Producer royalties are a very important part of the music industry. Indeed, almost every music producer these days will ask for a percentage of your record royalties. This percentage of record sales is known as “points”.
Producer “Points” vs. Producer Songwriting
As a reminder, producer “points” on the record involve an entirely different revenue stream than if your producer is given songwriting credit. For more on the 2 different copyrights in the recording and the song itself, see here. For more on whether your producer is also a co-writer, see here.
In short: almost every music producer will ask for points on the record, but only those producers that actually co-write songs with you are entitled to songwriting.
What Is the Norm For Producer Royalties?
Once you’ve decided that your producer is entitled to producer royalties, the next question is: how much? From my experience, the industry norm is between 2 and 5% of record sales. In the golden age of recorded music (after Elvis, before Napster), this could results in a lot of money. Think about 3% of Michael Jackson’s Thriller, which sold 30 million copies in the US alone (30 million times $10 per record times 3% = $9 million). And most of those records sold for far more than $10.
While records don’t quite sell like this any more, some do. Adele’s last record sold 25 million copies, for example. So producer royalties are still a very important consideration when entering the studio.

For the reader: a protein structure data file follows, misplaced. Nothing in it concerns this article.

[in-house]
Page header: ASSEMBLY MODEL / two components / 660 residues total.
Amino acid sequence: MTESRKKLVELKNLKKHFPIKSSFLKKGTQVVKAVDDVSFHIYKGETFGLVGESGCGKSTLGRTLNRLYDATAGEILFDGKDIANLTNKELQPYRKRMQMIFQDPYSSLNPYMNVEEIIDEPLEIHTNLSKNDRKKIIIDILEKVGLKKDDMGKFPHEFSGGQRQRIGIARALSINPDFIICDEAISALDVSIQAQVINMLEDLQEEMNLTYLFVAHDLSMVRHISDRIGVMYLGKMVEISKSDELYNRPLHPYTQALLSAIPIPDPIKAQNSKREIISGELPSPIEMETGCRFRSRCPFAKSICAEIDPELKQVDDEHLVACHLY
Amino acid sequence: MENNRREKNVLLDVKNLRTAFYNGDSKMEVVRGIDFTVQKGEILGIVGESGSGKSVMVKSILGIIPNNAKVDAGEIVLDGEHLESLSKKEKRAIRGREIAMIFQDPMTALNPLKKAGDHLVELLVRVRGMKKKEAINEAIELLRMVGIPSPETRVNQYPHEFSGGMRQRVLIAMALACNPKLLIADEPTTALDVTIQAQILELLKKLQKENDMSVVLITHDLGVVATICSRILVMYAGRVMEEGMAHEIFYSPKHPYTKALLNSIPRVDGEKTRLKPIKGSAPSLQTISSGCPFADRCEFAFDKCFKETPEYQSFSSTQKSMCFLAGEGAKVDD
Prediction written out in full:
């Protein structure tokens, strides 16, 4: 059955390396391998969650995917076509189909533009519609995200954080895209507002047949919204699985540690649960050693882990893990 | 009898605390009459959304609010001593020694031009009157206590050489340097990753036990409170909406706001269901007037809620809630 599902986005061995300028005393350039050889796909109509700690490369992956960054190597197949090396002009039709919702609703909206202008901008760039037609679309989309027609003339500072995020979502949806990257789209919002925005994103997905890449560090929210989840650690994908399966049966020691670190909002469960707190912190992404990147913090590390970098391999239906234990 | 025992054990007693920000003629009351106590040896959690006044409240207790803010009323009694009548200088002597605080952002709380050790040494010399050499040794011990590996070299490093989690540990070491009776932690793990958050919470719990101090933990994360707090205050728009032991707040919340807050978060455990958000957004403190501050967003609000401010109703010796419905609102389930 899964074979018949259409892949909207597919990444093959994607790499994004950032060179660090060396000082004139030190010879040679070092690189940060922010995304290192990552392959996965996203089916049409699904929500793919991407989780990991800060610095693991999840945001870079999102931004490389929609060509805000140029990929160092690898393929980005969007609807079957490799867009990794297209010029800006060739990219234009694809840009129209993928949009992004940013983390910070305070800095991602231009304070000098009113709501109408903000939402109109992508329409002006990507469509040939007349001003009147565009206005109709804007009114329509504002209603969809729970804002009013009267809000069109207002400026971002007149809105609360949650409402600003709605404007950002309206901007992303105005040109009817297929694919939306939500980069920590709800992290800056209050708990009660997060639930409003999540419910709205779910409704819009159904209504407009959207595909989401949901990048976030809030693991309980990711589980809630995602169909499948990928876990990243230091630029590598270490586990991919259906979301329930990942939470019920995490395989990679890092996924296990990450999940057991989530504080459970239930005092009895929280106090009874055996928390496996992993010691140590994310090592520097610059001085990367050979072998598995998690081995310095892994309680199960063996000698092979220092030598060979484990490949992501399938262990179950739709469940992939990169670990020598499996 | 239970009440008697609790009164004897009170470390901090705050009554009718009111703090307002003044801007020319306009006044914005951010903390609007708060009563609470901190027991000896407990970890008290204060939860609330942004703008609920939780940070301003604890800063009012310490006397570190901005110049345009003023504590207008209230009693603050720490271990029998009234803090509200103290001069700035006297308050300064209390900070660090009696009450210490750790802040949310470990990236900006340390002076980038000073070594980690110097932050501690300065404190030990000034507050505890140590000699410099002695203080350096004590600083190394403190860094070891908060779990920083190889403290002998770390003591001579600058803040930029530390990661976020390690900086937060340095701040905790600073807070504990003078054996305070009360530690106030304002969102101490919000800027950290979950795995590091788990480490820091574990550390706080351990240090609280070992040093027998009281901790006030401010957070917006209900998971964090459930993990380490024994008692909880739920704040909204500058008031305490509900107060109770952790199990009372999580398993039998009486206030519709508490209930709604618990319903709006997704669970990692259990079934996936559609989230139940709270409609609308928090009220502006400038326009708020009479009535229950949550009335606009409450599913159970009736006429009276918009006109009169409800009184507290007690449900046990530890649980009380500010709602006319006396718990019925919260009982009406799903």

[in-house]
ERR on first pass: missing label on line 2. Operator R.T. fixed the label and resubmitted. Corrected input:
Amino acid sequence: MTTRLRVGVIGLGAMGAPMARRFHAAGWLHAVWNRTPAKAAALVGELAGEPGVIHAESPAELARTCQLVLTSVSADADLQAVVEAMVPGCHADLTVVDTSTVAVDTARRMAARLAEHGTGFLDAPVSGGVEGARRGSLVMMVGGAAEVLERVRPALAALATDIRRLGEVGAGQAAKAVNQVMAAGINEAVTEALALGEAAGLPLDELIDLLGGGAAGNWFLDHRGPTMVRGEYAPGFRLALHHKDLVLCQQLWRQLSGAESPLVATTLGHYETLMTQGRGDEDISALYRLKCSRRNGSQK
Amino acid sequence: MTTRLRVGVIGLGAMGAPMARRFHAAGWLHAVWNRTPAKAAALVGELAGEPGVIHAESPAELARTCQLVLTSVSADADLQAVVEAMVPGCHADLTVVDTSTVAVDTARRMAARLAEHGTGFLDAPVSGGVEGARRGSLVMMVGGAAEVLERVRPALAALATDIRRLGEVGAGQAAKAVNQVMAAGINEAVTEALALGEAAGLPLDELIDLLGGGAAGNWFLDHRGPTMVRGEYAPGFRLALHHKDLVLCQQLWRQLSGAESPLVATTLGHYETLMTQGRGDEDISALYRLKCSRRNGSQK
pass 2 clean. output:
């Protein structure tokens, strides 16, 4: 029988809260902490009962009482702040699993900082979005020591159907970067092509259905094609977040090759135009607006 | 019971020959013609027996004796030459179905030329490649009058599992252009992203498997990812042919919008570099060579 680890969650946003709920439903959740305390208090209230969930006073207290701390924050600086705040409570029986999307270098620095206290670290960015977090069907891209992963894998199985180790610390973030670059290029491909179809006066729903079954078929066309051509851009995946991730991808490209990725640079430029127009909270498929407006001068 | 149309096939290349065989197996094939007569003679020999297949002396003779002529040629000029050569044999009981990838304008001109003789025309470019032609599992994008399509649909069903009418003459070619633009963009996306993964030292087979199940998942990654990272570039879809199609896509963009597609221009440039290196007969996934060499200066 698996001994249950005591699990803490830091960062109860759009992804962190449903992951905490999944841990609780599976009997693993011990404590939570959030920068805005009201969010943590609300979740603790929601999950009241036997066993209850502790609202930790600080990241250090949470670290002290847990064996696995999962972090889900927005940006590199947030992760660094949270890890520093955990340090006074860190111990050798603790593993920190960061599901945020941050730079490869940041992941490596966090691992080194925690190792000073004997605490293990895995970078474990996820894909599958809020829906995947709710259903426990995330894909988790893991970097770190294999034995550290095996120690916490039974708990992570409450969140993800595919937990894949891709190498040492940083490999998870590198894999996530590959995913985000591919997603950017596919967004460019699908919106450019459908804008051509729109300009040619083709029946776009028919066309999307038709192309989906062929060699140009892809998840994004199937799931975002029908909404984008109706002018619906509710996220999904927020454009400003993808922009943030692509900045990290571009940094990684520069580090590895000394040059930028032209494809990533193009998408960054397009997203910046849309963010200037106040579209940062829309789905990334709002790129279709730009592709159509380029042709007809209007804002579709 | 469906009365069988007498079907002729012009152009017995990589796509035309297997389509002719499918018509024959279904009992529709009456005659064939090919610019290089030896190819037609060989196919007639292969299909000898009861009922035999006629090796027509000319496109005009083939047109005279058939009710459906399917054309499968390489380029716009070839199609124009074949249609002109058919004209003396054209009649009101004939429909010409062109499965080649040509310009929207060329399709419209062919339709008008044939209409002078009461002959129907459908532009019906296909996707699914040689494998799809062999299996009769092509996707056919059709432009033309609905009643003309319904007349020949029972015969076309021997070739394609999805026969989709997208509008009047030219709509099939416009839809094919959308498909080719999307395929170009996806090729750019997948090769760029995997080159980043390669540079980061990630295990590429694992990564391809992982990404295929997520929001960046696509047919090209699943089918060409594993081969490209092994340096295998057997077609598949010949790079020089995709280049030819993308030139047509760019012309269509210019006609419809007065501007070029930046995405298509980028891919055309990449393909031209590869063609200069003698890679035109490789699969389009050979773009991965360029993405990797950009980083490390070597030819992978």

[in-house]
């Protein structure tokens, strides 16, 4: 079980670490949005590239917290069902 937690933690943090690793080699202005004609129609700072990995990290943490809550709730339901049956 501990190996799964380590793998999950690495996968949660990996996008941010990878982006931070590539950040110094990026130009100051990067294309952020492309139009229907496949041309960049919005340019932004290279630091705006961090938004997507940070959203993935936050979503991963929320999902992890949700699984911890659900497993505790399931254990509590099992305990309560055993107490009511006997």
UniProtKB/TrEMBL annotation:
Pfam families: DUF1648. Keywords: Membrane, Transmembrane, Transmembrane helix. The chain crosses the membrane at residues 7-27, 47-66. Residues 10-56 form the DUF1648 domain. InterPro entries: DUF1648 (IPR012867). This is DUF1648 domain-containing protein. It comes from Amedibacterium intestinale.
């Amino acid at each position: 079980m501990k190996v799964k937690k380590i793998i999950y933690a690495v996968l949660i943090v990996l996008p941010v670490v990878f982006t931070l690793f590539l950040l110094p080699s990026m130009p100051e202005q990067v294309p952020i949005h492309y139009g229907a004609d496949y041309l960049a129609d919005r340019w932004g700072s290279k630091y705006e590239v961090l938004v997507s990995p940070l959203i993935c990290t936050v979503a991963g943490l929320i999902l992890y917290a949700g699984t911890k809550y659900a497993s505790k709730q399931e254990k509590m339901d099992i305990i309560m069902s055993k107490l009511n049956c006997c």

How Should Producer Royalties Be Calculated? PPD or SRLP
Once you determine what percentage of record sales your producer is entitled to, the next question is: which amount does that percentage apply to?
The key to answering this question is understanding the acronyms SRLP and PPD, and their differences.
SRLP is the “suggested retail list price”, which is the approximate price charged by the retailer (Wal-Mart, your local record store, or one of the few retailers left).
PPD is the “published price to dealers”, which is the approximate price that distributors charge their dealers, or the “wholesale price”.
So: PPD is lower, SRLP higher.
How Does SRLP or PPD Effect Producer Royalties?
Whether you choose SRLP or PPD can make a huge difference in terms of dollars flowing from you to your producer. For example, a 3% SRLP producer royalty on a $12.99 album would be roughly $0.39 per record sold. If this same 3% royalty was based on PPD, which is typically half of SRLP ($6.50), then you’re looking at roughly $0.20 per record sold to your producer. In other words, you would need to double the producer royalty to about 6% to come up with the same royalty of $0.39 per record going to the producer.
Whether you agree to pay producer royalties on PPD or SRLP, the royalty should be proportionate. In other words, the royalty per record sold going to the producer should be more or less the same whether you’re going SRLP or PPD.
How Do You Agree On Producer Royalties?
Whichever royalty base is used, it must be clearly stated in a Producer Agreement. The Producer Agreement is a crucial agreement for any musician recording songs, as it clarifies and confirms the mutual expectations of both parties. I large part of my legal practice deals with Artist/Producer disputes.
A Producer Agreement covers many issues, including:
- What is the Producer Royalty?
- Is the Producer also a songwriter?
- Who owns the masters? (typically the artist, but not always)
- What credit is to be given to the Producer?
- Is the Producer entitled to a percentage of SoundExchange revenue?
- When does the Producer Royalty kick in? (usually once the Artist recoups their recording costs)
- And much more
I highly recommend that a Producer Agreement be drafted and signed before you start recording. As always, email me with any questions.